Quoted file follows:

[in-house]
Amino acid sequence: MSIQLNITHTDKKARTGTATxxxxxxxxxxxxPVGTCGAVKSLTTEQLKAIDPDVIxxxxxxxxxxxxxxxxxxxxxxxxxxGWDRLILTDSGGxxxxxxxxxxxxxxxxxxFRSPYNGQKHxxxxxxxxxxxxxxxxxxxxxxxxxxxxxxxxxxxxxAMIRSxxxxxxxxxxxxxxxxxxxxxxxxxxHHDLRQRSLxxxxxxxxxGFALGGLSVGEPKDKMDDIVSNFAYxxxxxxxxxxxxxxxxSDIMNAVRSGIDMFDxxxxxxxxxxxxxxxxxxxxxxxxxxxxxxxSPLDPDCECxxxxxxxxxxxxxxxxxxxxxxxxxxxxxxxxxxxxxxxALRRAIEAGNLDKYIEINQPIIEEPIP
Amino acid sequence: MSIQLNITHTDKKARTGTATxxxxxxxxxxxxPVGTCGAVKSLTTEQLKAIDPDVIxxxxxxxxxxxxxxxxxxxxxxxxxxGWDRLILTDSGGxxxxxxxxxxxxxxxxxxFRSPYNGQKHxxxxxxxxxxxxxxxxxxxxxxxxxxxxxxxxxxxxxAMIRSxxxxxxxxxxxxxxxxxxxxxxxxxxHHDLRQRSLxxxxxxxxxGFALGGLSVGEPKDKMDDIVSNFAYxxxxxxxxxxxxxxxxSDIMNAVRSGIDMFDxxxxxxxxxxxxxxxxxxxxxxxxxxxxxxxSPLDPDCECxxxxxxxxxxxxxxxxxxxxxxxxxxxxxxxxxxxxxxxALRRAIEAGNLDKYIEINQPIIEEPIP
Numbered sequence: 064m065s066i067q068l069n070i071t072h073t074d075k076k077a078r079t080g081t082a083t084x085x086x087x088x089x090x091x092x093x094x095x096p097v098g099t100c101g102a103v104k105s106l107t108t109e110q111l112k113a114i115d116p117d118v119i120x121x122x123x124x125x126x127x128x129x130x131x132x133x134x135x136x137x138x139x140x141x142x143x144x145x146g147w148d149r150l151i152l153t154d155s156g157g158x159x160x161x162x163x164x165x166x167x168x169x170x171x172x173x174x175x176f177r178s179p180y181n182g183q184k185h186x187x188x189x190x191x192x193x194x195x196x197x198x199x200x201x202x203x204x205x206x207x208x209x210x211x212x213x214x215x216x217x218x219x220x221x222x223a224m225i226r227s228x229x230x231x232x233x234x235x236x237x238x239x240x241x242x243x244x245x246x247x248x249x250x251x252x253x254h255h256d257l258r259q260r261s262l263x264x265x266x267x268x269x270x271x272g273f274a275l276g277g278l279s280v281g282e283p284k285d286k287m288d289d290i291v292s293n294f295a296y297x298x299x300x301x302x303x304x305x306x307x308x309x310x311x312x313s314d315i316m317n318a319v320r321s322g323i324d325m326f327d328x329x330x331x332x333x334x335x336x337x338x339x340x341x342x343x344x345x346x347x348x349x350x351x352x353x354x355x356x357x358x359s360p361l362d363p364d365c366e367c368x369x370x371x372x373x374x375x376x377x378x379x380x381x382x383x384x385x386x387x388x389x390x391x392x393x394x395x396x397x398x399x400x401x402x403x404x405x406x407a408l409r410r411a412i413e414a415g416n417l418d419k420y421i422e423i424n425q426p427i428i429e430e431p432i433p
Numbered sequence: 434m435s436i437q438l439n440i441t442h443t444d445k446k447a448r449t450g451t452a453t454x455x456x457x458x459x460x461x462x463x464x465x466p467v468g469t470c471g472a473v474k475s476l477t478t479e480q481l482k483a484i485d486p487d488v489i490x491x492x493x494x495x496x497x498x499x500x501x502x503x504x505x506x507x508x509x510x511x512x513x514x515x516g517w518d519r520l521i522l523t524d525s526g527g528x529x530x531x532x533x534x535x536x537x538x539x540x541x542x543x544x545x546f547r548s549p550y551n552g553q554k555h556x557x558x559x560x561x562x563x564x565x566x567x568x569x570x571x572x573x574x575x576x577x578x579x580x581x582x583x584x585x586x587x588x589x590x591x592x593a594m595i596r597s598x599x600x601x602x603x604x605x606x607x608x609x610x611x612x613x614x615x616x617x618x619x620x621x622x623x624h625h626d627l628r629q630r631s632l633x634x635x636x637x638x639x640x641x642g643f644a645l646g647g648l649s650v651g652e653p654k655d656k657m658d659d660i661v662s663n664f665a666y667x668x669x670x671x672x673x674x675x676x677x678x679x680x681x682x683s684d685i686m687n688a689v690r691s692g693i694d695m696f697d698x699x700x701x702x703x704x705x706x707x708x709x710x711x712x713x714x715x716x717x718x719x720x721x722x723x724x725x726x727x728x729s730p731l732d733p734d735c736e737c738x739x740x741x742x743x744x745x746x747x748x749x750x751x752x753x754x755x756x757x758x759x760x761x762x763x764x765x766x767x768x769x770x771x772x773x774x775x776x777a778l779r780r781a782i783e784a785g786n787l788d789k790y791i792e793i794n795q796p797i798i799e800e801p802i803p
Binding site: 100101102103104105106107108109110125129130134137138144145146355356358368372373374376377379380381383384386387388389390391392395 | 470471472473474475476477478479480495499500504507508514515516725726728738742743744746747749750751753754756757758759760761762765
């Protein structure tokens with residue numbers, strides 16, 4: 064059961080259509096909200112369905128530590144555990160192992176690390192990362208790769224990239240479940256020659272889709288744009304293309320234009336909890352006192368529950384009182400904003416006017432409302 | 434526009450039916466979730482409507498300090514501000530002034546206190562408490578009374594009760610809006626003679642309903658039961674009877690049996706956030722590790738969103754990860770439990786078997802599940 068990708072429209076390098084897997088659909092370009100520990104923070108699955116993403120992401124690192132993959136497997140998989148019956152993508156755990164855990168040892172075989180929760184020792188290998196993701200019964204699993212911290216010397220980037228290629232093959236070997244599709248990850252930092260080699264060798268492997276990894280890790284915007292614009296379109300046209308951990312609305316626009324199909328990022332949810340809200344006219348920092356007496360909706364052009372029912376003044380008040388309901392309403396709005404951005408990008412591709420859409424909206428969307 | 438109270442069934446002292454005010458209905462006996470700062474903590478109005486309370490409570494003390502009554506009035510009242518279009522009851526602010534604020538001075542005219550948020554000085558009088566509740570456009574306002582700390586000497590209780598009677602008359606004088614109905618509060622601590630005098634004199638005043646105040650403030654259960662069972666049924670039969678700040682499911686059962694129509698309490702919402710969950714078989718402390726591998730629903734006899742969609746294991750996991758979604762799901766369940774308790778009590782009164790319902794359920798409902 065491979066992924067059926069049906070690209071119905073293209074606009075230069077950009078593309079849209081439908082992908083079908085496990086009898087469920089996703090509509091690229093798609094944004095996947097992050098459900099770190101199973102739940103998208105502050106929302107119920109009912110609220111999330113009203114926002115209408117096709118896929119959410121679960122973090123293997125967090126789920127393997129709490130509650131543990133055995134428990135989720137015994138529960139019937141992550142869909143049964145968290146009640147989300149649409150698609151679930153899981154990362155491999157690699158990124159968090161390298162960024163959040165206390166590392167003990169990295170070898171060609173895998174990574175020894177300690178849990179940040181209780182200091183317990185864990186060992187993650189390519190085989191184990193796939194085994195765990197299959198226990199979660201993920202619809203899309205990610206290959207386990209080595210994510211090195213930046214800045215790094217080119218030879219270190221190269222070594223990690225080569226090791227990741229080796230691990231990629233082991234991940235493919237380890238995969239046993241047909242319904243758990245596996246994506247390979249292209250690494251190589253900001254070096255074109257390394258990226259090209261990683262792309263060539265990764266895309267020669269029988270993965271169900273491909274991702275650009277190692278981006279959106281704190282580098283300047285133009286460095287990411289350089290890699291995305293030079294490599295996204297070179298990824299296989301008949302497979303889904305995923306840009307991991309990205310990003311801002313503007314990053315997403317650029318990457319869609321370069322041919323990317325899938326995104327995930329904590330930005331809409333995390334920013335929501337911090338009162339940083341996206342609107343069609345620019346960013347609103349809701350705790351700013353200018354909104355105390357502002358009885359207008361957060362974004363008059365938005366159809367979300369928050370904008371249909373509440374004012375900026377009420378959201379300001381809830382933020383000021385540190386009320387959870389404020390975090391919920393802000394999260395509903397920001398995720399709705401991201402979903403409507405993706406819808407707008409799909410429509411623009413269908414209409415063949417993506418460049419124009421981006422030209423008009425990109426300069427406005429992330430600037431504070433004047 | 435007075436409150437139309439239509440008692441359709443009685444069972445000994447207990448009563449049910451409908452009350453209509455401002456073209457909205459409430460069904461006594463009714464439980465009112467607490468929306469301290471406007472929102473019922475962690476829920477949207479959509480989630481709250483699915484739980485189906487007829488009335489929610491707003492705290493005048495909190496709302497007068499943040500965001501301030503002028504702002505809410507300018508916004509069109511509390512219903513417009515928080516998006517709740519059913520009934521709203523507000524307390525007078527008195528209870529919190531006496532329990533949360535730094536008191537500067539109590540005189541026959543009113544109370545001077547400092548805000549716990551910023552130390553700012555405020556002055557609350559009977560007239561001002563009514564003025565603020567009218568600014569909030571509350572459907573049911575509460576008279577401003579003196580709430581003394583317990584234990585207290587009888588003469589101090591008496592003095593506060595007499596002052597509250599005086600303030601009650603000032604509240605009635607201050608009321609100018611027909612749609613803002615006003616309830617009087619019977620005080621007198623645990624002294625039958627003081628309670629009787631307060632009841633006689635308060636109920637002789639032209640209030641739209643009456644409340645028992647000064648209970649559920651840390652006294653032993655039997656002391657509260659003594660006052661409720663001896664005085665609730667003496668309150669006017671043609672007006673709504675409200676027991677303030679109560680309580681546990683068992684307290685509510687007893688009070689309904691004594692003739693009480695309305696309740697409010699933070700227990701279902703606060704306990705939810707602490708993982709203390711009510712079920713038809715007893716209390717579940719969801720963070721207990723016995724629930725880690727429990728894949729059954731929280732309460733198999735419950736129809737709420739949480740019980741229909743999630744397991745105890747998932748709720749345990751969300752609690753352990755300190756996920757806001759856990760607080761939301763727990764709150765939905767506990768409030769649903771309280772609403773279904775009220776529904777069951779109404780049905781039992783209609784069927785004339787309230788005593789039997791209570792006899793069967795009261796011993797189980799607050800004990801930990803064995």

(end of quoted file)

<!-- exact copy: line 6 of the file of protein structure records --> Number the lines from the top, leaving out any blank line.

Binding site: 100101102103104105106107108109110125129130134137138144145146355356358368372373374376377379380381383384386387388389390391392395 | 470471472473474475476477478479480495499500504507508514515516725726728738742743744746747749750751753754756757758759760761762765